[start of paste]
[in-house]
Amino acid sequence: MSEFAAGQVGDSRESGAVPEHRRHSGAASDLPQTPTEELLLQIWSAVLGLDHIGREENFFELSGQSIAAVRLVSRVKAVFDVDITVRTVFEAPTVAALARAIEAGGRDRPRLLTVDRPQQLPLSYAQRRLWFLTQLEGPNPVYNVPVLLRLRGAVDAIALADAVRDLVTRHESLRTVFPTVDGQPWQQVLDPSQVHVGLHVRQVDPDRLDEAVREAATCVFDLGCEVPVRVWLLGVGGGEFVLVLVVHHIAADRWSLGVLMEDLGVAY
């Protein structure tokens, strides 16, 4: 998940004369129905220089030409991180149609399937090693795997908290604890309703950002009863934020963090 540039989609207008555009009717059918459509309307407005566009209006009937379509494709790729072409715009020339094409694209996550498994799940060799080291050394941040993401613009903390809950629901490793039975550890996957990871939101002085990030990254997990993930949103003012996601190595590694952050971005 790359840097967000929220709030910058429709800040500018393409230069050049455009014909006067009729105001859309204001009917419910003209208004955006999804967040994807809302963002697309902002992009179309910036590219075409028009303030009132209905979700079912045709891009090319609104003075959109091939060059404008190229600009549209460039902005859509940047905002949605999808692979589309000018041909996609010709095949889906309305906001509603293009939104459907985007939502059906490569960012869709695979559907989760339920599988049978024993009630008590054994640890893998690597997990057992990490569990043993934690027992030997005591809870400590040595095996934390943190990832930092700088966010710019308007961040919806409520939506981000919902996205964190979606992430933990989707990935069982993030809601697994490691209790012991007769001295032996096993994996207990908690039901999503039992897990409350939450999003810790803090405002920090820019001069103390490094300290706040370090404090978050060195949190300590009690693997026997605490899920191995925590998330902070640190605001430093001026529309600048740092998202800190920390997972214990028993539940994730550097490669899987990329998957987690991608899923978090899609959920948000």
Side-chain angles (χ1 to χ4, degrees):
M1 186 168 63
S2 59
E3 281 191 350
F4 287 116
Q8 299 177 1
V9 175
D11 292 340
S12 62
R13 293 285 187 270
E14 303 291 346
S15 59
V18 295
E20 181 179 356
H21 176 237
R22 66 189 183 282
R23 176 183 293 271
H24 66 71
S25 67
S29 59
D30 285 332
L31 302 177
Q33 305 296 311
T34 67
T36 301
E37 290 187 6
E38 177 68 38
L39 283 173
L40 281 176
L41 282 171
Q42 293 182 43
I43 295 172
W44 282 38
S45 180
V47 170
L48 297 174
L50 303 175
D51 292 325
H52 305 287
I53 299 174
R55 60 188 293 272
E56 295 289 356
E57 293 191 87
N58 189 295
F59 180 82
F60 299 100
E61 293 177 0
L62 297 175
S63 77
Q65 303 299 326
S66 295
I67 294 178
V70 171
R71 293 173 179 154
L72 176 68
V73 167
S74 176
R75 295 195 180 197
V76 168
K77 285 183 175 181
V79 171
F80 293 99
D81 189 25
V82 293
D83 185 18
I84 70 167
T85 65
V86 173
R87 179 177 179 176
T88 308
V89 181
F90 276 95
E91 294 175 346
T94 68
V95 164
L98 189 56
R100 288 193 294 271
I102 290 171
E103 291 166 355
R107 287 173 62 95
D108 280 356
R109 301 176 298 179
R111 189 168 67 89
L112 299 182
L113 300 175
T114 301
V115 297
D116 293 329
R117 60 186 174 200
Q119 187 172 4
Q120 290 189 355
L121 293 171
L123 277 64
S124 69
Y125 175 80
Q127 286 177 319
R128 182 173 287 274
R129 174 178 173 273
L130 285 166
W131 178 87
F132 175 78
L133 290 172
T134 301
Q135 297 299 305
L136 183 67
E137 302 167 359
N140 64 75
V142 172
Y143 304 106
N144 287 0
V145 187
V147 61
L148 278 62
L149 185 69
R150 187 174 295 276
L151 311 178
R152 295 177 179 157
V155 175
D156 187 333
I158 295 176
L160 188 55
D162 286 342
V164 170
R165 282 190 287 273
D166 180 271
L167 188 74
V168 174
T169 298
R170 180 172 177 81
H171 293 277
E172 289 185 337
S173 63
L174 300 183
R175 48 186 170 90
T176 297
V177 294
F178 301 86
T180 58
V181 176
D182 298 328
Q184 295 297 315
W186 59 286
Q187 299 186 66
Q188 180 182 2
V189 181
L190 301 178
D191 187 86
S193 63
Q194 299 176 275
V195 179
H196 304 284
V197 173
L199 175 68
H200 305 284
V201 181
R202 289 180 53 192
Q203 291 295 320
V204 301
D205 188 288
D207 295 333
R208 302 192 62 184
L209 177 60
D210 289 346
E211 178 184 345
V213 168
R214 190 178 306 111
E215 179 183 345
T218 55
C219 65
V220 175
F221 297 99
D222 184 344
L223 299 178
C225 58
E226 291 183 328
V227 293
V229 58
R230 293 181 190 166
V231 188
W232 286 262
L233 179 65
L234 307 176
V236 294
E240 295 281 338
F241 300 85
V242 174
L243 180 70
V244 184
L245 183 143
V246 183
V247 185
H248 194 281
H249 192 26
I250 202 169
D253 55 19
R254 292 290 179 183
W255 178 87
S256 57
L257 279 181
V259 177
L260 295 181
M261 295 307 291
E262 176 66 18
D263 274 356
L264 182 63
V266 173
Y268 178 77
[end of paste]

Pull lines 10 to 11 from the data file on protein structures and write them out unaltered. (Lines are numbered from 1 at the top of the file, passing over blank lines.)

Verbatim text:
V9 175
D11 292 340